“Icebreakers are critical to our national security and America’s interest in the Arctic,” Cantwell said. “Today, after an overhaul by Vigor Shipyards in Seattle, the Polar Star is ready to return to sea – where it belongs. This is good news for the Northwest economy, as the Arctic becomes an increasingly important route for trade and commerce. And, refurbishing large icebreakers means hundreds of jobs for Washington state shipbuilders. This is a key first step, but we have a long way to go to meet America’s icebreaking needs. I’ll continue to work in the Senate to support more icebreakers and maritime jobs.”
Begich and Cantwell have been vocal about the need for multiple icebreakers to increase the nation’s ability to maintain a presence in the fast-changing Arctic. America’s only other icebreaker, the Healy, was designed as a scientific research vessel and only has medium icebreaking capability. The need for icebreaking capacity was highlighted last year by the Healy’s assistance in refueling the ice-bound city of Nome during the dead of winter.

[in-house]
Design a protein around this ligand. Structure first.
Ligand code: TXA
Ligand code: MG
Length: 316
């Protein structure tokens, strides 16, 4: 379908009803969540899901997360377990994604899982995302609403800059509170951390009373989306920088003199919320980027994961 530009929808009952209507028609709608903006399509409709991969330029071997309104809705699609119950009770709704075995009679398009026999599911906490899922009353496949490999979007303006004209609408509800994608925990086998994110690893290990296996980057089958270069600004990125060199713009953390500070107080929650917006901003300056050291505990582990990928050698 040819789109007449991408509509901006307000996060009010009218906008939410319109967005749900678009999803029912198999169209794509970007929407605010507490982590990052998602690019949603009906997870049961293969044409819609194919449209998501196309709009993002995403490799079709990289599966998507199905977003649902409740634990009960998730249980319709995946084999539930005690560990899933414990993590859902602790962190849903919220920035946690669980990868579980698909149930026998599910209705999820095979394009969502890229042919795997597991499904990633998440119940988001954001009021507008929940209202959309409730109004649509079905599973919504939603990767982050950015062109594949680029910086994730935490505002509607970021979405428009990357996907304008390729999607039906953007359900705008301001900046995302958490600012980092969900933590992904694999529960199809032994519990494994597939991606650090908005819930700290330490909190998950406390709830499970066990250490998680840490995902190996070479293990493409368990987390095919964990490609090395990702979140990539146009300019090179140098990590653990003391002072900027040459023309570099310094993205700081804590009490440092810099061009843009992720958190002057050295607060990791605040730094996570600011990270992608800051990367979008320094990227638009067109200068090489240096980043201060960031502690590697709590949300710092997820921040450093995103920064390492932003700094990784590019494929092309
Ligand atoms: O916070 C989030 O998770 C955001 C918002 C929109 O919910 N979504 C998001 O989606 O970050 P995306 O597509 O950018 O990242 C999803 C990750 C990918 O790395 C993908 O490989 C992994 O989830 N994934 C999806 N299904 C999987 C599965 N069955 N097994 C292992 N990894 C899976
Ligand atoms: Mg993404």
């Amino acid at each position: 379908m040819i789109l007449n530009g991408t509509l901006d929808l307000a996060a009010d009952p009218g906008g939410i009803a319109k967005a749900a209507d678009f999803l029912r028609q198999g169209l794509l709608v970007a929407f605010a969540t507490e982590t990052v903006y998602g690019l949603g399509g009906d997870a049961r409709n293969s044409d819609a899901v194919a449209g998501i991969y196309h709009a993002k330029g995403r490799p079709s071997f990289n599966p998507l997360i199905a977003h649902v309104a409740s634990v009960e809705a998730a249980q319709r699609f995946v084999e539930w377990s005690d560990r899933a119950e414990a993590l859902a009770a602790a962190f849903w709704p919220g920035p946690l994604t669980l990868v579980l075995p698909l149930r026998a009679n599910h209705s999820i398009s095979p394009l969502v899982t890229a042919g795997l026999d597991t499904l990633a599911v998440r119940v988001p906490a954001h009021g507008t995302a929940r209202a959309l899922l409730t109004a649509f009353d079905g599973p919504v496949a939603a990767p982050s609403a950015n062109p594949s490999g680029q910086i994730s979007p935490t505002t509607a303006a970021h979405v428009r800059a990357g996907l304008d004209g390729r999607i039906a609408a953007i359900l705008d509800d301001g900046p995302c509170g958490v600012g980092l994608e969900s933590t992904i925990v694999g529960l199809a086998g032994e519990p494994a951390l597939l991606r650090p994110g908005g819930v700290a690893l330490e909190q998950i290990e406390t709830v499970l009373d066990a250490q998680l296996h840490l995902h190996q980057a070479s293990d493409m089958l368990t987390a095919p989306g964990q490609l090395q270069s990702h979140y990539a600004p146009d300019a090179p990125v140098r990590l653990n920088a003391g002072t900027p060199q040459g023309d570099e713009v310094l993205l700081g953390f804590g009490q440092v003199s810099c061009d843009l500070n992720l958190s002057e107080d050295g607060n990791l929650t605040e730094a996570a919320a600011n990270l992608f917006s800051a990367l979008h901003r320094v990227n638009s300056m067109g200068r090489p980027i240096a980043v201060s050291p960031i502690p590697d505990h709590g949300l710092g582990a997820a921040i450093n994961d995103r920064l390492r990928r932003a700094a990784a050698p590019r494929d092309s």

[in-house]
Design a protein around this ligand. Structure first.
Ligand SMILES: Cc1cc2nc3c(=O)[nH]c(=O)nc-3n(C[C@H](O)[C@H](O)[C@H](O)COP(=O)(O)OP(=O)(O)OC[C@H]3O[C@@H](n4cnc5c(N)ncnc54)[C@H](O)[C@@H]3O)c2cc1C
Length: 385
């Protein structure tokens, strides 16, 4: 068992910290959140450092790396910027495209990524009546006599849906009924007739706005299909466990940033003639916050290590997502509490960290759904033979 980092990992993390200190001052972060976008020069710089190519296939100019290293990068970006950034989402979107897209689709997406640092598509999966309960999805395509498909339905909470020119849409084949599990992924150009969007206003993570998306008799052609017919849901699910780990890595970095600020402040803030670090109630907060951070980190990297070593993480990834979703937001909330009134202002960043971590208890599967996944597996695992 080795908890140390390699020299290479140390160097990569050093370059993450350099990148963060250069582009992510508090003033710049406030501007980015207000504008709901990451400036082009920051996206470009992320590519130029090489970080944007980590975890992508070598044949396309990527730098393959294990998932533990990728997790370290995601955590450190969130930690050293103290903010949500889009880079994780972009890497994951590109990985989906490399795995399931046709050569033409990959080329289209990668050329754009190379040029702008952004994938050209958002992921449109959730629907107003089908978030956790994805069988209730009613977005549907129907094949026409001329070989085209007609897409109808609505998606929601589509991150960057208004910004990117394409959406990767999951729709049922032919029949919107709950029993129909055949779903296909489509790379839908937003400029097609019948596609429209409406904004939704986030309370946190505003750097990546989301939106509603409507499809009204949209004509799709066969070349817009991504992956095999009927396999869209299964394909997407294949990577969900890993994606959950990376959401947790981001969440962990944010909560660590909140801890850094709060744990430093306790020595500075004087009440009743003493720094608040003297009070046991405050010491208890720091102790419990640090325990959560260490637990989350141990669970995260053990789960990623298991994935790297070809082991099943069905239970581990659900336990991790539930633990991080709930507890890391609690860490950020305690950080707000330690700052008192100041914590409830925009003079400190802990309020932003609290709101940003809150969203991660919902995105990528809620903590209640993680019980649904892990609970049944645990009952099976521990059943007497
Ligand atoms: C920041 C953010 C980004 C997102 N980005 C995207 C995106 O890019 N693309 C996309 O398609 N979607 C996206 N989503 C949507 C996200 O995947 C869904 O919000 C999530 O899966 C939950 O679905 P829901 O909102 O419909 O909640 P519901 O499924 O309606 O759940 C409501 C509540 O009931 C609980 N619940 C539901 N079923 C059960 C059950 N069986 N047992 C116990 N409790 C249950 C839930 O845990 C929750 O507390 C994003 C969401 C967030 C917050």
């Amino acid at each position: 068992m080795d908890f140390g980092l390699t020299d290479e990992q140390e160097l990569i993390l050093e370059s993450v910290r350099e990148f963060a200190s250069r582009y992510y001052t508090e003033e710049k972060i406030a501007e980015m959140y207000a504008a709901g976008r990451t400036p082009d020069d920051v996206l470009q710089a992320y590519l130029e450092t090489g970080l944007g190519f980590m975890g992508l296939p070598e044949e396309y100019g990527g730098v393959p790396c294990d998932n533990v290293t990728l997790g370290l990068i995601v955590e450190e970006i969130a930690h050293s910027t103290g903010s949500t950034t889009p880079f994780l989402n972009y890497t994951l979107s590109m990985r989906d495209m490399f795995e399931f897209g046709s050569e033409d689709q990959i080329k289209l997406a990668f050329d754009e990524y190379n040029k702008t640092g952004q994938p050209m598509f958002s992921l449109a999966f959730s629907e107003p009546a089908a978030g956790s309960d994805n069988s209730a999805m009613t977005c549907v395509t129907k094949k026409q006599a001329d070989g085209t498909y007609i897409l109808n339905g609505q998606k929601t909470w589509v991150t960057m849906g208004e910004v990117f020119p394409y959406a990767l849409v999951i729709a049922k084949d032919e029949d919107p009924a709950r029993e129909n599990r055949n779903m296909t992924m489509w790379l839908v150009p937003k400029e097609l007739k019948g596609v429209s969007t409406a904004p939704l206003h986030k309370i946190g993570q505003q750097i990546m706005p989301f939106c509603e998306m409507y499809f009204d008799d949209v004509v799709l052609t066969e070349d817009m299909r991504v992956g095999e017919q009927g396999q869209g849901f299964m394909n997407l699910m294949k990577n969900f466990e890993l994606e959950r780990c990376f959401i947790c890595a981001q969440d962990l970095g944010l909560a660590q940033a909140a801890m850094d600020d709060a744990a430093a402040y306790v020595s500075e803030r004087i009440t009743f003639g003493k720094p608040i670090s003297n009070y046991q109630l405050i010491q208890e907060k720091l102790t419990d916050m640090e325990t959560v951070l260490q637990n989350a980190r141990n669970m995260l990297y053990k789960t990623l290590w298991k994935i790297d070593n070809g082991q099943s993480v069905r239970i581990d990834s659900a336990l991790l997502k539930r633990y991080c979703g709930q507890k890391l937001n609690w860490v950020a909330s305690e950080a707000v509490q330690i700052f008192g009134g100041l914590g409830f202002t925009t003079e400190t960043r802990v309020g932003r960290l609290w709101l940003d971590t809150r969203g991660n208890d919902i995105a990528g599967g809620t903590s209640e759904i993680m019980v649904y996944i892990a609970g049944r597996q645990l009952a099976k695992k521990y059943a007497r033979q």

Language inserted by the two senators into the Coast Guard Authorization Act of 2012 prevents the decommissioning and scrapping of the Polar Star’s currently inactive sister ship Polar Sea until a business case analysis is completed. The analysis evaluates the reactivation and extension of service life through 2022. The need to maintain icebreaking capabilities and to fulfill the Coast Guard’s icebreaking needs was identified in the 2010 High Latitude Study.